committee nevertheless not overturn much that the working group
proposed, Keston asked Sebentsov? Theoretically it could, he replied,
"but they won't manage it in practice - everything we propose will be very
well thought through." (END)

II. RUSSIA: MAJORITY OF PROPOSED AMENDMENTS "AGAINST
CONSTITUTION"

by Geraldine Fagan, Keston News Service

The majority of the hundreds of proposed amendments to Russia's 1997
law on religion - including the introduction of the term "traditional
religion" - cannot be adopted because they contradict the country's
constitution, Andrei Sebentsov, vice-chairman of the government's
Commission for Religious Associations and chairman of the working
group currently considering them, told Keston News Service in his office
in the Russian parliament building (the White House) in Moscow on 28
November.

Speaking on 15 November at a conference in Moscow organised by the
religion faculty of the Russian Academy for State Service (RASS),
Sebentsov cited some of the 300 amendments that have been suggested
by subjects of the Russian Federation: priority treatment for religions
traditional to a particular territory, regulation of activity by religious
organisations in schools and kindergartens, monitoring of the foundation
and activity of religious groups (those without legal personality status
under the law), an increase from three to 10 in the number of local
religious organisations required to create a centralised religious
organisation, and an increase from 10 to 45 or 50 in the minimum number
of founders of a local religious organisation.

Further suggestions have been made elsewhere. Following the 23 October
meeting of the government Commission, news agencies quoted
chairwoman Valentina Matviyenko as saying that the government would
amend the 1997 law in order to curb "the penetration into Russia of
extremist religious preachers and sects." Interviewed by Keston on 28
November, however, Sebentsov stressed that this meeting had been of the
Commission and not the working group, which had received "no sensible"
propositions specifically concerning religious extremism. In his view,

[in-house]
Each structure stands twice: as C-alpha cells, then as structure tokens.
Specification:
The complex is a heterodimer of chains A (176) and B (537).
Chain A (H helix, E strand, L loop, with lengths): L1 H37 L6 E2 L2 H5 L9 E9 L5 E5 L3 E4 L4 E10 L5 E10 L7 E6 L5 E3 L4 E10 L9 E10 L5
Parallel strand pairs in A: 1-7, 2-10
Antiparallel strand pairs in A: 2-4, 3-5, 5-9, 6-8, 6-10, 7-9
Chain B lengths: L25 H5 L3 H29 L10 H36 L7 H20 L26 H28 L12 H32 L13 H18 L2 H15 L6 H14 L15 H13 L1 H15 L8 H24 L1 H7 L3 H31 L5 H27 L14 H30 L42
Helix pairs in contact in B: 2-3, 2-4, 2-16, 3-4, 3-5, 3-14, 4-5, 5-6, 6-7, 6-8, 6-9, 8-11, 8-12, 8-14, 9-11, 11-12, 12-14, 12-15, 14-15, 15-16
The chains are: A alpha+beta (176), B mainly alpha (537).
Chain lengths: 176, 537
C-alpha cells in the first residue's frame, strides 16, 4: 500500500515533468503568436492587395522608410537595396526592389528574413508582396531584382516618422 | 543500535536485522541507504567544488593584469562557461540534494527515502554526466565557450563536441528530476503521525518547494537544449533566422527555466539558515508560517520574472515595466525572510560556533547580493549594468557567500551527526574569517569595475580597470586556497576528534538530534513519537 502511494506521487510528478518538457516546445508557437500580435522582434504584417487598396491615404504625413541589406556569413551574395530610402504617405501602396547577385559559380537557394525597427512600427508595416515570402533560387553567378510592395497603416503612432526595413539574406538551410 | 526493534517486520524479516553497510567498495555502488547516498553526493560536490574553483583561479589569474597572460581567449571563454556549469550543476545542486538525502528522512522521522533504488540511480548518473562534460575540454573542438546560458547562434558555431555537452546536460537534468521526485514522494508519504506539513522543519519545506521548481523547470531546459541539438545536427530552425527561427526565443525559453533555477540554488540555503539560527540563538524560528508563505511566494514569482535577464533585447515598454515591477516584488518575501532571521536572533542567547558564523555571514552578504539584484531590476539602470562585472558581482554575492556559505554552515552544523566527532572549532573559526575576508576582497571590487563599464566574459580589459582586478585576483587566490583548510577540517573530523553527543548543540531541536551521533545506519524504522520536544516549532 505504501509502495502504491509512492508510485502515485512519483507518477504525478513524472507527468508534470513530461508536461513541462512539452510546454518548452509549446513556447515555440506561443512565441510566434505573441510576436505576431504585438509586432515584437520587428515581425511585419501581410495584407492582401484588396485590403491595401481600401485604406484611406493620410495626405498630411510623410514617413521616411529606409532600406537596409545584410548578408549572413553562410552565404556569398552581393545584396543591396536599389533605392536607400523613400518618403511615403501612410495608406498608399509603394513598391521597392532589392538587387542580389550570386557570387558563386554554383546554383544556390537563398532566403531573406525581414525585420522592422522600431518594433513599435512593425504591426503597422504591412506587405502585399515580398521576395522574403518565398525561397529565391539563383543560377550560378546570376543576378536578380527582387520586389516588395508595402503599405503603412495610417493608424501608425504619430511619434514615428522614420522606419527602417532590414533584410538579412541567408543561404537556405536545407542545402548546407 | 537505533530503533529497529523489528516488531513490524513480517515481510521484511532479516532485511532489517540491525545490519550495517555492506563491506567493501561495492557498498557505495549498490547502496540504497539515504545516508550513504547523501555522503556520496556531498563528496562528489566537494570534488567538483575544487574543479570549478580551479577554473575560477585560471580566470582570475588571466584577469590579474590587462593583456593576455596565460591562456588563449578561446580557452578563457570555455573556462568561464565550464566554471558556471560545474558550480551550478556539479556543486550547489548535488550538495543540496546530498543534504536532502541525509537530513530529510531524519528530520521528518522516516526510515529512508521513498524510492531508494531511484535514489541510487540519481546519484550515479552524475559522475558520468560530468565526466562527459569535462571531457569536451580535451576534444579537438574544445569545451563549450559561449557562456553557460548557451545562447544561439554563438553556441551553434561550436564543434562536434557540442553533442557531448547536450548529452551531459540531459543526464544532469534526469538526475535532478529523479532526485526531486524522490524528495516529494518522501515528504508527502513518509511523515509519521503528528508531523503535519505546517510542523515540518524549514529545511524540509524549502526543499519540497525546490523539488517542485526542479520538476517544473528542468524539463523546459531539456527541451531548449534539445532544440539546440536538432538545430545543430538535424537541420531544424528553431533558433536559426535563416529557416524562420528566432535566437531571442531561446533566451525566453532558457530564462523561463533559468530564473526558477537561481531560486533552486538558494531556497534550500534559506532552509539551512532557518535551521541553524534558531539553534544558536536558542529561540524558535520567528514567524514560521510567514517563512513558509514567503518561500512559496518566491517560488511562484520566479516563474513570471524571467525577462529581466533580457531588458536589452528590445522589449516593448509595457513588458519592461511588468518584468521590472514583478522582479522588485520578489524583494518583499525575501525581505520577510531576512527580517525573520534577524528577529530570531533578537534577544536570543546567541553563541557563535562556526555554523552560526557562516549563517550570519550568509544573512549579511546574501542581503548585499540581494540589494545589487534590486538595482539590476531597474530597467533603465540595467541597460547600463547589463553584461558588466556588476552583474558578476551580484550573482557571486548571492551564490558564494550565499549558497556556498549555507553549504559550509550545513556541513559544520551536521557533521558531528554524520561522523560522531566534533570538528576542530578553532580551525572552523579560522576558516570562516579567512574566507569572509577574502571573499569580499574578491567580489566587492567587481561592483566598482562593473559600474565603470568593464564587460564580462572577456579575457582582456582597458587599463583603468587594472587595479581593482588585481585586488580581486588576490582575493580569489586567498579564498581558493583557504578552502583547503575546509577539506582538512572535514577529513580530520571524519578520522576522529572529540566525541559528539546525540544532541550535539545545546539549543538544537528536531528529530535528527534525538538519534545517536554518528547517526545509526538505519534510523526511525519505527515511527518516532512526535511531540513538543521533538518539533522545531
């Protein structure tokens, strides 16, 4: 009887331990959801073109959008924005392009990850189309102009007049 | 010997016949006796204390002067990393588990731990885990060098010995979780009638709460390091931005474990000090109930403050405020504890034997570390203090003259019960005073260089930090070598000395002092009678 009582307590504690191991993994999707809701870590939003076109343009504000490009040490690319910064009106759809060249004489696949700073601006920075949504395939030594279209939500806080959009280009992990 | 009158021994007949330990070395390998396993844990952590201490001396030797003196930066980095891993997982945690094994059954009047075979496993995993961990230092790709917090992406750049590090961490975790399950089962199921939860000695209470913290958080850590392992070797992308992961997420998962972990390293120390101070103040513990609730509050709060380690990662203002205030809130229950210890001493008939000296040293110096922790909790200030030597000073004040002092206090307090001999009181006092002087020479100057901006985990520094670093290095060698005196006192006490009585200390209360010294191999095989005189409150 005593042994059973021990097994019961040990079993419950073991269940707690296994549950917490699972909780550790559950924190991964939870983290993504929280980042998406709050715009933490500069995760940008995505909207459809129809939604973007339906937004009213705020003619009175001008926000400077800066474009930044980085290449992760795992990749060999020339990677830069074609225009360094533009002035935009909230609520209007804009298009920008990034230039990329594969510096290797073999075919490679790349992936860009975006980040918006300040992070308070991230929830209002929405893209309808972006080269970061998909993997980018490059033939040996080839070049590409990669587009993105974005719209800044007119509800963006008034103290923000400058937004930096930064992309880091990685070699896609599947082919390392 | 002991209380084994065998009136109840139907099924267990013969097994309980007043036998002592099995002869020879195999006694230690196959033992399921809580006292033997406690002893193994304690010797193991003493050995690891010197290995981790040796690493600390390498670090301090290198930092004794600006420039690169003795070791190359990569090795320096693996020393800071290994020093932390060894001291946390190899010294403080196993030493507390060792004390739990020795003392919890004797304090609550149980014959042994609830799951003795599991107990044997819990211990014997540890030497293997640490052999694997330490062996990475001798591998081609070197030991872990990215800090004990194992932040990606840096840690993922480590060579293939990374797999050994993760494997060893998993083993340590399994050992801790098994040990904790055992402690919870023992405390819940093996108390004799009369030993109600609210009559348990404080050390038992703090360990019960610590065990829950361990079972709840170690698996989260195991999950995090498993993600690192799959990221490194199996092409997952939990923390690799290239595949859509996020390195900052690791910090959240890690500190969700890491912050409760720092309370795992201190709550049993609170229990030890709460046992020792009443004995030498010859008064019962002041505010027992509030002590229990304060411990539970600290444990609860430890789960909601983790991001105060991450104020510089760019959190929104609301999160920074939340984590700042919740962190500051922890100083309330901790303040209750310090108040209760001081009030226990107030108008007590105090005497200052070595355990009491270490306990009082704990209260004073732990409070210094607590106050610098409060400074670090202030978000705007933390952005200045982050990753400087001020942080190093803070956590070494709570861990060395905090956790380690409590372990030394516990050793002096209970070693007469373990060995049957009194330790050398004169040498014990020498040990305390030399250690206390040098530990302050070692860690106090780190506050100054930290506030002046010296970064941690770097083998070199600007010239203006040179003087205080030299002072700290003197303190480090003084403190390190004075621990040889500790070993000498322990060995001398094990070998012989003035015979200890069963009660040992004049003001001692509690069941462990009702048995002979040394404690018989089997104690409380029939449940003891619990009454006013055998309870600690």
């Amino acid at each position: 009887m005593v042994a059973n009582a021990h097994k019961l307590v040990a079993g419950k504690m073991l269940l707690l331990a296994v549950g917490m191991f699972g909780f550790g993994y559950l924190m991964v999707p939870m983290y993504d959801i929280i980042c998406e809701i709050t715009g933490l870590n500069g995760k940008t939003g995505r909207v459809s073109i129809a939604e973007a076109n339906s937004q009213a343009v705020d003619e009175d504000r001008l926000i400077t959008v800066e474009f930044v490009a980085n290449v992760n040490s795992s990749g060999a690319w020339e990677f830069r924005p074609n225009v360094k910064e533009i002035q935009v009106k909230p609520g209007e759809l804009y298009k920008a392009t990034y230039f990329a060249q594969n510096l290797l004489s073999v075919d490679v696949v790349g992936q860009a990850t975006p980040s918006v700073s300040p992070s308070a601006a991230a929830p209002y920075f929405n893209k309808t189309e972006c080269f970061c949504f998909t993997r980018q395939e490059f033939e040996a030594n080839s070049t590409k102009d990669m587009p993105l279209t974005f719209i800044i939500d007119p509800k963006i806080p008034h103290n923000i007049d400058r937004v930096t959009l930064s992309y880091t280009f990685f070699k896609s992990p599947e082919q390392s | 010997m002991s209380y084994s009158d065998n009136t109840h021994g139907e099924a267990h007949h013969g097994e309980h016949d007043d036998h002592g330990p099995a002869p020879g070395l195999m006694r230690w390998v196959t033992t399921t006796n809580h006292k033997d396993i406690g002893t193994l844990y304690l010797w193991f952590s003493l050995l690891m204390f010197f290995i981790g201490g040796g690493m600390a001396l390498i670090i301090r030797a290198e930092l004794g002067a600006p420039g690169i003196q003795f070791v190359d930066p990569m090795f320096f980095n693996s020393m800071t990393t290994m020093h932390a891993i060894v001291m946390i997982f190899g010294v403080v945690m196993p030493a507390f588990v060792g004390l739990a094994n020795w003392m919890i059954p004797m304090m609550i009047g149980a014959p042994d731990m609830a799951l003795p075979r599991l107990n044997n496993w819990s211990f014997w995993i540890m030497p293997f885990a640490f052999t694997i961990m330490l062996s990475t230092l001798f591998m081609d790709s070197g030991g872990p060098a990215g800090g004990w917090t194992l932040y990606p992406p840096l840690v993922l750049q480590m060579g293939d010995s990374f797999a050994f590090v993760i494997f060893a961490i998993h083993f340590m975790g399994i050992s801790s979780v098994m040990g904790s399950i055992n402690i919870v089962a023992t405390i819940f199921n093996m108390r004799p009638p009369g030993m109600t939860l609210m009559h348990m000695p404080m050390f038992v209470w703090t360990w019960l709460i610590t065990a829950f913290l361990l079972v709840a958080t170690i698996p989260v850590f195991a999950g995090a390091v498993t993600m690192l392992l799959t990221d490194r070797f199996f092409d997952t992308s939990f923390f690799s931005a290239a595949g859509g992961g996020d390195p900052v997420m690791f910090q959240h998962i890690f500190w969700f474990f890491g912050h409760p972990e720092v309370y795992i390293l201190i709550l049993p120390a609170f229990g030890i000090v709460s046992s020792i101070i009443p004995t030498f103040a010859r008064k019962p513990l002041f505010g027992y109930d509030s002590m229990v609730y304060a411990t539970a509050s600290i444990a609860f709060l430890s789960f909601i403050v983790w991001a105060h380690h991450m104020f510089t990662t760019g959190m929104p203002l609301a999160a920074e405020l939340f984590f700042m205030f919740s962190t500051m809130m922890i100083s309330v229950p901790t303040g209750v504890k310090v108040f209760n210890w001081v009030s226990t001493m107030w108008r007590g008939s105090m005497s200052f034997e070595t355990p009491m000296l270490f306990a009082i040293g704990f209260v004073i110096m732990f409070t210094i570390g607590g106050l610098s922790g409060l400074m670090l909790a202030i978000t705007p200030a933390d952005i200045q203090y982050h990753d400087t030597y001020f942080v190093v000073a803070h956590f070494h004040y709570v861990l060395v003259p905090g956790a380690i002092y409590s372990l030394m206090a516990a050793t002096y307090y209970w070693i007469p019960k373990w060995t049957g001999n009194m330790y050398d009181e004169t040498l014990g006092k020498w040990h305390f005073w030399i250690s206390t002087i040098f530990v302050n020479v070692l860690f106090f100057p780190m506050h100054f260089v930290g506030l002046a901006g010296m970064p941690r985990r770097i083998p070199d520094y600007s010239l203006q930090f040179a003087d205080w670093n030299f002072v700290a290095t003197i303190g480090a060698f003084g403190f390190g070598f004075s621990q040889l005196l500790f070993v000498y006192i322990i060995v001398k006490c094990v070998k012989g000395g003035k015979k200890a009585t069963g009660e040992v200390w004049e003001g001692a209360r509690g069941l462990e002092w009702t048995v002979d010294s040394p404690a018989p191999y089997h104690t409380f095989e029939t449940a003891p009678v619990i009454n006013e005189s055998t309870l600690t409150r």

Article 14 of the law already gives sufficient grounds for action, while,
moreover, "extremism is a separate problem not strictly related to
religion: it is sooner a topic for a separate law." Both Dagestan and
Tatarstan have proposed related features of their regional religion laws
that have been annulled as anticonstitutional, he told Keston, but it is
unlikely that either - a ban on Wahhabism (a purist brand of Islam) and a
restriction of one ruling body per confession respectively - will be
accepted by the working group. So far, said Sebentsov, the regulation of
missionaries has not been considered.

Some of the amendments already agreed by the working group,
Sebentsov told Keston, include a change from "drawing into"
("vovlecheniye") to "attraction" ("privlecheniye") of minors to religious
associations in Article 3, Part 5 - "'drawing into' clearly relates to
criminal activity and has no place in a law on freedom" - as well as, in the
same article, a change in the ban on teaching religion to minors from
"without the agreement of" to "in the absence of objections from" parents
or guardians. Due to "interesting and amusing cases," added Sebentsov,
the introduction of the right of a religious organisation to create its own
internal regulations would also be proposed. He cited the instance of one
woman who, after being told she could not enter an Orthodox monastery
without a headscarf, had considered taking legal action since the religion
law states that no one may be forbidden from taking part in religious
worship.

Speaking at a conference on church-state relations in Voronezh on 12
October, another working group member, Aleksandr Kudryavtsev,
pointed out that the Russian constitution enshrines equality of all religious
organisations before the law. However, he also outlined four different
levels of social co-operation between the state and, in descending order,
1) the Russian Orthodox Church "and other historical confessions", 2)
"traditional Gospel-based churches with a normal reputation in the world
- Lutherans, Baptists, Adventists and Pentecostals - those with
representatives on the presidential Council", 3) new religious movements,
and 4) "those which go against the law." At the RASS conference on 15
November, Kudryavtsev presented a similar scheme but cited different
categories: 1) the Russian Orthodox Church and, in certain areas, Islam,
2) "confessions deeply-rooted in Russian society", e.g. Old Belief, 3)
Protestant organisations with a history in Russia of more than 100 years,
and 4) new organisations which began their activities in Russia in the
early 1990s.

In his White House office on 28 November, Sebentsov told Keston that
he thought that this arrangement would not be subject to regulation by
law: "Agreements can be concluded in practice between ministries and
religious organisations, it is a question of desire on their part." When he
repeated this comment on 29 November at a round table devoted to the
legal defence of religious freedom in Russia, however, the Moscow-based
lawyer Galina Krylova, who has acted in a number of religious liberty
cases, suggested that the absence of such agreements with religious
organisations other than the Russian Orthodox Church was not so much
due to religious organisations' lack of desire as discrimination on the part
of the government bodies concerned. (END)

Copyright (c) 2001 Keston Institute. All rights reserved.